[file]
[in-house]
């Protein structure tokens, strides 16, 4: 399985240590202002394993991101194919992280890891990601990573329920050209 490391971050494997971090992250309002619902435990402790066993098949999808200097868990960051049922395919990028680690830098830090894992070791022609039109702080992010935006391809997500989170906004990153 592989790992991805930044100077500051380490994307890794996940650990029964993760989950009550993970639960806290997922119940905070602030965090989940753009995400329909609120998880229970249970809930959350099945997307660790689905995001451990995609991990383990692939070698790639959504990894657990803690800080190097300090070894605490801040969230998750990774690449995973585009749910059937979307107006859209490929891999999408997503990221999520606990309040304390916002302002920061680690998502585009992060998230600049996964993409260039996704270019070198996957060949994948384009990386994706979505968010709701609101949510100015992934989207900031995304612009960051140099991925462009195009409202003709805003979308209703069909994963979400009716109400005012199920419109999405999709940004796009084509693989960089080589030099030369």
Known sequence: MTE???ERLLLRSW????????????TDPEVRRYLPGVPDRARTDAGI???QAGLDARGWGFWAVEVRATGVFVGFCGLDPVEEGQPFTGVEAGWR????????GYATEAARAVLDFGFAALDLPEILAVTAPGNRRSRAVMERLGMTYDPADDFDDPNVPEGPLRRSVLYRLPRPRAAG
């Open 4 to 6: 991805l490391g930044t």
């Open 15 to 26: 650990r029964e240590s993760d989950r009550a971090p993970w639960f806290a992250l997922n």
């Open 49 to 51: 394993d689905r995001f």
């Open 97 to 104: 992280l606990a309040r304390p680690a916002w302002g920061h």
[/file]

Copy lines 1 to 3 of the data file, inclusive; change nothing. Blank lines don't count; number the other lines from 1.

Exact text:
[in-house]
């Protein structure tokens, strides 16, 4: 399985240590202002394993991101194919992280890891990601990573329920050209 490391971050494997971090992250309002619902435990402790066993098949999808200097868990960051049922395919990028680690830098830090894992070791022609039109702080992010935006391809997500989170906004990153 592989790992991805930044100077500051380490994307890794996940650990029964993760989950009550993970639960806290997922119940905070602030965090989940753009995400329909609120998880229970249970809930959350099945997307660790689905995001451990995609991990383990692939070698790639959504990894657990803690800080190097300090070894605490801040969230998750990774690449995973585009749910059937979307107006859209490929891999999408997503990221999520606990309040304390916002302002920061680690998502585009992060998230600049996964993409260039996704270019070198996957060949994948384009990386994706979505968010709701609101949510100015992934989207900031995304612009960051140099991925462009195009409202003709805003979308209703069909994963979400009716109400005012199920419109999405999709940004796009084509693989960089080589030099030369």
Known sequence: MTE???ERLLLRSW????????????TDPEVRRYLPGVPDRARTDAGI???QAGLDARGWGFWAVEVRATGVFVGFCGLDPVEEGQPFTGVEAGWR????????GYATEAARAVLDFGFAALDLPEILAVTAPGNRRSRAVMERLGMTYDPADDFDDPNVPEGPLRRSVLYRLPRPRAAG